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Give Directly To The Homeless Through A New Sharing Economy App

WeCount matches the needs of homeless people with Seattle residents who have something to give.

  • <p>If you live in Seattle and want to help some of the 4,500 people living on the streets, there's a new way.</p>
  • <p>You can make a donation at WeCount, a new service that matches the needs of the homeless with the spare resources of a local community.</p>
  • <p>Founders Jonathan Sposato and Graham Pruss liken WeCount to platforms like Airbnb or Lyft.</p>
  • <p>But the goods and services on offer aren't vacations or taxi rides, but rather sleeping bags and tents.</p>
  • <p>The homeless list items they need while members of the public list items to donate.</p>
  • <p>The platform then links up the two sides, arranging delivery, and allowing donors and donees to stay in touch if they wish.</p>
  • <p>"One advantage here is that it's completely painless," says Sposato, a tech entrepreneur who's sold two companies to Google.</p>
  • <p>WeCount, a non-profit, is partnered with the City of Seattle’s Human Services Department, and groups like Union Gospel Mission, Facing Homelessness, and the local YMCA.</p>
  • <p>It has 25 branded drop-off points in the Seattle area where the homeless can pick up donated items.</p>
  • <p>They're all from a prescribed list of 200 items ranging from socks to clothes for an interview.</p>
  • <p>You can't donate money directly to individuals, though WeCount itself plans to accept money for its own upkeep.</p>
  • 01 /11

    If you live in Seattle and want to help some of the 4,500 people living on the streets, there's a new way.

  • 02 /11

    You can make a donation at WeCount, a new service that matches the needs of the homeless with the spare resources of a local community.

  • 03 /11

    Founders Jonathan Sposato and Graham Pruss liken WeCount to platforms like Airbnb or Lyft.

  • 04 /11

    But the goods and services on offer aren't vacations or taxi rides, but rather sleeping bags and tents.

  • 05 /11

    The homeless list items they need while members of the public list items to donate.

  • 06 /11

    The platform then links up the two sides, arranging delivery, and allowing donors and donees to stay in touch if they wish.

  • 07 /11

    "One advantage here is that it's completely painless," says Sposato, a tech entrepreneur who's sold two companies to Google.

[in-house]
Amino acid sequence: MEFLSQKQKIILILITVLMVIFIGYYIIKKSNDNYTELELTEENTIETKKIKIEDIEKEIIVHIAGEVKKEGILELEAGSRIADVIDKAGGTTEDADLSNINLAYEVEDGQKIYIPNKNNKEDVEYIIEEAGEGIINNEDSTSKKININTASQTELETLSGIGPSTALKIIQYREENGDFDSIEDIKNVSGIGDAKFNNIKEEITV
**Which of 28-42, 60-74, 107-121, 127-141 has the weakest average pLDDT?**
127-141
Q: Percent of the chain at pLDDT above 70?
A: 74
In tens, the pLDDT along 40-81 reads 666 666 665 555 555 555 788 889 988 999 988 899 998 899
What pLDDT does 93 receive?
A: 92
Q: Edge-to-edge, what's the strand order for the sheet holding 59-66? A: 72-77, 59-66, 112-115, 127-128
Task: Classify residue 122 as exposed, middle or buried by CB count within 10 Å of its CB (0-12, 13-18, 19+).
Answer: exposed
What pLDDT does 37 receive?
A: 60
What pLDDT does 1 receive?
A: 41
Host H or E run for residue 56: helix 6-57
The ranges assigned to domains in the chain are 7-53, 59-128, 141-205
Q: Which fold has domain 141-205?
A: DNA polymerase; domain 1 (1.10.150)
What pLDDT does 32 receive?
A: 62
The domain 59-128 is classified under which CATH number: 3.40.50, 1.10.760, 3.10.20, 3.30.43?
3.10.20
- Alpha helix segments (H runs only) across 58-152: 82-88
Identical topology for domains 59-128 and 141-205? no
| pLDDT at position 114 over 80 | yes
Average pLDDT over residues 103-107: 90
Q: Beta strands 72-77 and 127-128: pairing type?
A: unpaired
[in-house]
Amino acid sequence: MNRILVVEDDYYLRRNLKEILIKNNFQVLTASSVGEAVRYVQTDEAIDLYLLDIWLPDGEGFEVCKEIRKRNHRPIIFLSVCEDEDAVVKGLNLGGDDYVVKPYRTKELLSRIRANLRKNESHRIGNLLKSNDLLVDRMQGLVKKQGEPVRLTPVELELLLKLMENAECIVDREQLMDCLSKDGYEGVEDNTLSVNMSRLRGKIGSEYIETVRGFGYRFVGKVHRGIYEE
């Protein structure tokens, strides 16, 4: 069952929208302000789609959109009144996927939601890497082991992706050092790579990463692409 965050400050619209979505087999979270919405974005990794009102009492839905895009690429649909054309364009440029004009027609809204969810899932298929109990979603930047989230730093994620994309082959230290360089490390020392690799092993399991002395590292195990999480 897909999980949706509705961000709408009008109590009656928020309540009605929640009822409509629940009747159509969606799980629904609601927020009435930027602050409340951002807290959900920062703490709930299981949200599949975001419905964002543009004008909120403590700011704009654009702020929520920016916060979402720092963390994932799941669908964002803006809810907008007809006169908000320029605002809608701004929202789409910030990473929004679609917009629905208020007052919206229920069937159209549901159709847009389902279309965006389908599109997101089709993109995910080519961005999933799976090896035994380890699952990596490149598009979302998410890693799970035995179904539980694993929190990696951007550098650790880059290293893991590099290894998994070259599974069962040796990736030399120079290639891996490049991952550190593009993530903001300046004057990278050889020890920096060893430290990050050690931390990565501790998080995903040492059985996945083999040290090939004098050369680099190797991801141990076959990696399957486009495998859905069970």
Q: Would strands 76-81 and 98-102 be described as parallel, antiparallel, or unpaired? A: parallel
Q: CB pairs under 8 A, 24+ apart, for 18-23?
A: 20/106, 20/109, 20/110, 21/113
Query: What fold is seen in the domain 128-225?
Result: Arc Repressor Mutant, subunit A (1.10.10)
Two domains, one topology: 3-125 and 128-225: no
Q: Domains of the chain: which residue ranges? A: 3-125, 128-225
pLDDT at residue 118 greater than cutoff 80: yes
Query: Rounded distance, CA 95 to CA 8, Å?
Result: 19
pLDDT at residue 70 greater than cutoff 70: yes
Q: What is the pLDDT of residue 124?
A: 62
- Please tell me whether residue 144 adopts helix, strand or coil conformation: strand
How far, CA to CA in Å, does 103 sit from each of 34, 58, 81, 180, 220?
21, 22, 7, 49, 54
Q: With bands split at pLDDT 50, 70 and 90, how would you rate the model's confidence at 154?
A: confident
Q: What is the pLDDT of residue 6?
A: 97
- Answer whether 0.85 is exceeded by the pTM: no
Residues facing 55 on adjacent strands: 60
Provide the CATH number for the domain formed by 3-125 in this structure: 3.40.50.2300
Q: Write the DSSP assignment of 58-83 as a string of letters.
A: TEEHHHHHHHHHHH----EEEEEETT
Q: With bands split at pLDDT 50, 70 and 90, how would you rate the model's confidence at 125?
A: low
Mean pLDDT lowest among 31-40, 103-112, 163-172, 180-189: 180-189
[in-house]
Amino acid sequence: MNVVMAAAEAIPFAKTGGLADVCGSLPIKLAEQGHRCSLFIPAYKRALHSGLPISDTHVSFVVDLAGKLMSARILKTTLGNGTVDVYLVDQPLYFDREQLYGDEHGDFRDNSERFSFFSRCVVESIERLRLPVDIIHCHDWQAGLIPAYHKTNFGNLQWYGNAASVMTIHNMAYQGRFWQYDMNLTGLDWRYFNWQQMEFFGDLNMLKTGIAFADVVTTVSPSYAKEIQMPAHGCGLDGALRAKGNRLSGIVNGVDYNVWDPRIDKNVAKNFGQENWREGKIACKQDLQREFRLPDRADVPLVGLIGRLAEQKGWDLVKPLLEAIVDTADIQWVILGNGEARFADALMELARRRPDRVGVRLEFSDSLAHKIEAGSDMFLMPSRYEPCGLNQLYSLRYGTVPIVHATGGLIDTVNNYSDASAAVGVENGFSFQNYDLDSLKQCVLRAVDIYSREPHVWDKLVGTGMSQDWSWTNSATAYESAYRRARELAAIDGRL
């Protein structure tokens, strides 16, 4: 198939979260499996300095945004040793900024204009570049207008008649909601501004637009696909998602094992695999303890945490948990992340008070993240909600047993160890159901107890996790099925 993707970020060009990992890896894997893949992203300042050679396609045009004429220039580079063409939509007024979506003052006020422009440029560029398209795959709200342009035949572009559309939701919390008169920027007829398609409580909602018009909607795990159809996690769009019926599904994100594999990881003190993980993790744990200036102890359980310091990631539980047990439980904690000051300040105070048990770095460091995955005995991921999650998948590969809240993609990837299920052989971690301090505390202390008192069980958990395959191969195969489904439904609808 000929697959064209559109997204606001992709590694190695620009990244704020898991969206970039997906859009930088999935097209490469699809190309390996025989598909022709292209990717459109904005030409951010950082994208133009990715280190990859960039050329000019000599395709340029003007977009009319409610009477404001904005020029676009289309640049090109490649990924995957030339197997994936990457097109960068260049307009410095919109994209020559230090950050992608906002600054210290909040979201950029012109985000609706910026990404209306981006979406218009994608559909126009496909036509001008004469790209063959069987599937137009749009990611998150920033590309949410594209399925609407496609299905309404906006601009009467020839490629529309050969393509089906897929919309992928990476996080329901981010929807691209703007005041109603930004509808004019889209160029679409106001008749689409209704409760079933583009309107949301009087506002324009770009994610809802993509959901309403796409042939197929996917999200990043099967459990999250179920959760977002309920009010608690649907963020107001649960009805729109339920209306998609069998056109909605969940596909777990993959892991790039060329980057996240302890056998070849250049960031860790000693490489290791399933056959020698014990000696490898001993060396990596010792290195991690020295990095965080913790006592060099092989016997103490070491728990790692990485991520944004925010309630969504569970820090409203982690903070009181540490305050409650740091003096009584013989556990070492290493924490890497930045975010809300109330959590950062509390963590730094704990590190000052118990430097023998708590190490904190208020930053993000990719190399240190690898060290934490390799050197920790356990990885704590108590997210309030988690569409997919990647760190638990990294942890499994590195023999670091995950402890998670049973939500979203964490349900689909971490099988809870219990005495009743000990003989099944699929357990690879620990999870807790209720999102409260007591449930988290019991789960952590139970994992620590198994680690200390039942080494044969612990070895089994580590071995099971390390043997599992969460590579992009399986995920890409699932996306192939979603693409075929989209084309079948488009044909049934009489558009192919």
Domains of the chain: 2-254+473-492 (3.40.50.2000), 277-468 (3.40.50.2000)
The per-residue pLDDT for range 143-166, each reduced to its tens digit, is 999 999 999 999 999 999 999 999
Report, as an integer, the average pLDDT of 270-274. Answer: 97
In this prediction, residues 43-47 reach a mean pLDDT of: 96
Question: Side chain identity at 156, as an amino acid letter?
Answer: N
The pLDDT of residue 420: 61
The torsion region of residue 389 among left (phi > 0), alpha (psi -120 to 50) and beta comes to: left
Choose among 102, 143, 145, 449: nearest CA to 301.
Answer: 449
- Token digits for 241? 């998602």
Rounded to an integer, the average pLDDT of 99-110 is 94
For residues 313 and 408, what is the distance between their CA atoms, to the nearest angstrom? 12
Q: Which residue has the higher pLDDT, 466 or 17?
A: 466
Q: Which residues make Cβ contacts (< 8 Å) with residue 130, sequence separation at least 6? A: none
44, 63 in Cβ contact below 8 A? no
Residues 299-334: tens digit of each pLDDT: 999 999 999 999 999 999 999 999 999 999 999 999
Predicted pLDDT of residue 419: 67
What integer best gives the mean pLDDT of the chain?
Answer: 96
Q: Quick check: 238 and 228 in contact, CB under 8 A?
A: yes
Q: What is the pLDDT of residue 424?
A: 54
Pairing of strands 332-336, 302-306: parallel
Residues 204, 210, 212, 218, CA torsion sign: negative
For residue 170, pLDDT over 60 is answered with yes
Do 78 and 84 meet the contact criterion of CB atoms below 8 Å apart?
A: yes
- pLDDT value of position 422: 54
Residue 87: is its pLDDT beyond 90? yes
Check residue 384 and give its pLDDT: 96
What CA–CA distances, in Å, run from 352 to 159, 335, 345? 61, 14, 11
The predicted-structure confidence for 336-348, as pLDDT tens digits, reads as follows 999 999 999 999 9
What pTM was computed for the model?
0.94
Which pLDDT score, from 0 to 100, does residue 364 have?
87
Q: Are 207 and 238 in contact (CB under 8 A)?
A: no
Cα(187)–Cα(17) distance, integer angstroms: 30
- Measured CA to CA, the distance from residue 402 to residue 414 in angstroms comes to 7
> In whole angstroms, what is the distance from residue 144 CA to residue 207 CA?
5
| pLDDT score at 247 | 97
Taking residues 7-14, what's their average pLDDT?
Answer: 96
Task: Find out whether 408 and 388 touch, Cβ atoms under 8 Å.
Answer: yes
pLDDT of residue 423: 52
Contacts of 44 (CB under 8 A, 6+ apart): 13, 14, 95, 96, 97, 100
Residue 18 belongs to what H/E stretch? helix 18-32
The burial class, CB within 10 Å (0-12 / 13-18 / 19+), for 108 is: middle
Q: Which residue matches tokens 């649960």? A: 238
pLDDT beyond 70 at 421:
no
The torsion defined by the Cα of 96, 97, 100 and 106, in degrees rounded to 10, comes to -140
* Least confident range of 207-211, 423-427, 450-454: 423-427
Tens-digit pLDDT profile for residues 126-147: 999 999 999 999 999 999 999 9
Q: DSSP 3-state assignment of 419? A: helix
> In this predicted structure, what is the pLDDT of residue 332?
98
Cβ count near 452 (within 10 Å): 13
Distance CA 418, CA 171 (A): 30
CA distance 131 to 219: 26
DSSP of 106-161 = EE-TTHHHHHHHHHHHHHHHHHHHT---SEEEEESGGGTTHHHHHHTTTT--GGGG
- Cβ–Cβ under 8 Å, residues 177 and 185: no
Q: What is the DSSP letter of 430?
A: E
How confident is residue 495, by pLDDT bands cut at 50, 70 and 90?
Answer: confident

• 08 /11

    WeCount, a non-profit, is partnered with the City of Seattle’s Human Services Department, and groups like Union Gospel Mission, Facing Homelessness, and the local YMCA.

  • 09 /11

    It has 25 branded drop-off points in the Seattle area where the homeless can pick up donated items.

  • 10 /11

    They're all from a prescribed list of 200 items ranging from socks to clothes for an interview.

  • 11 /11

    You can't donate money directly to individuals, though WeCount itself plans to accept money for its own upkeep.

If you live in Seattle and want to help some of the 4,500 people living on the streets, here's a new way: You can make a donation at WeCount, a new service that matches the needs of the homeless with the spare resources of a local community.

Founders Jonathan Sposato and Graham Pruss liken WeCount to platforms like Airbnb or Lyft, except the goods and services on offer aren't vacations or taxi rides, but rather sleeping bags and tents. The homeless list items they need while members of the public list items to donate. The platform then links up the two sides, arranging delivery, and allowing donors and donees to stay in touch if they wish.

"One advantage here is that it's completely painless," says Sposato, a tech entrepreneur who's sold two companies to Google. "It's super easy for me to engage in activity where I can be helpful for someone whereas traditional giving is a little less personal. You don't get a sense of really impacting a specific individual."

WeCount, a nonprofit, is partnered with the City of Seattle’s Human Services Department, and groups like Union Gospel Mission, Facing Homelessness, and the local YMCA. It has 25 branded drop-off points in the Seattle area where the homeless can pick up donated items. They're all from a prescribed list of 200 items ranging from socks to clothes for an interview. You can't donate money directly to individuals, though WeCount itself plans to accept money for its own upkeep.

Last year, Seattle's mayor declared homelessness in the city to be an "emergency." But Pruss, who has worked for several homelessness nonprofits, says the problem isn't necessarily a lack of resources—it's as much a failure to distribute those resources more effectively.

"While there is a huge amount of need, there is actually a huge amount of services and a lot of people who want to help. Often there's a disconnect in communication as individuals haven't been able to express what truly would be able to help them," he says.

Pruss hopes that when the homeless use WeCount, they'll find out about other opportunities available, whether it's permanent housing or job training. "We hope we can get it beyond the, 'How do we get the things that improve this person's life to tonight?' to 'How do we improve their lives tomorrow?'" he says.

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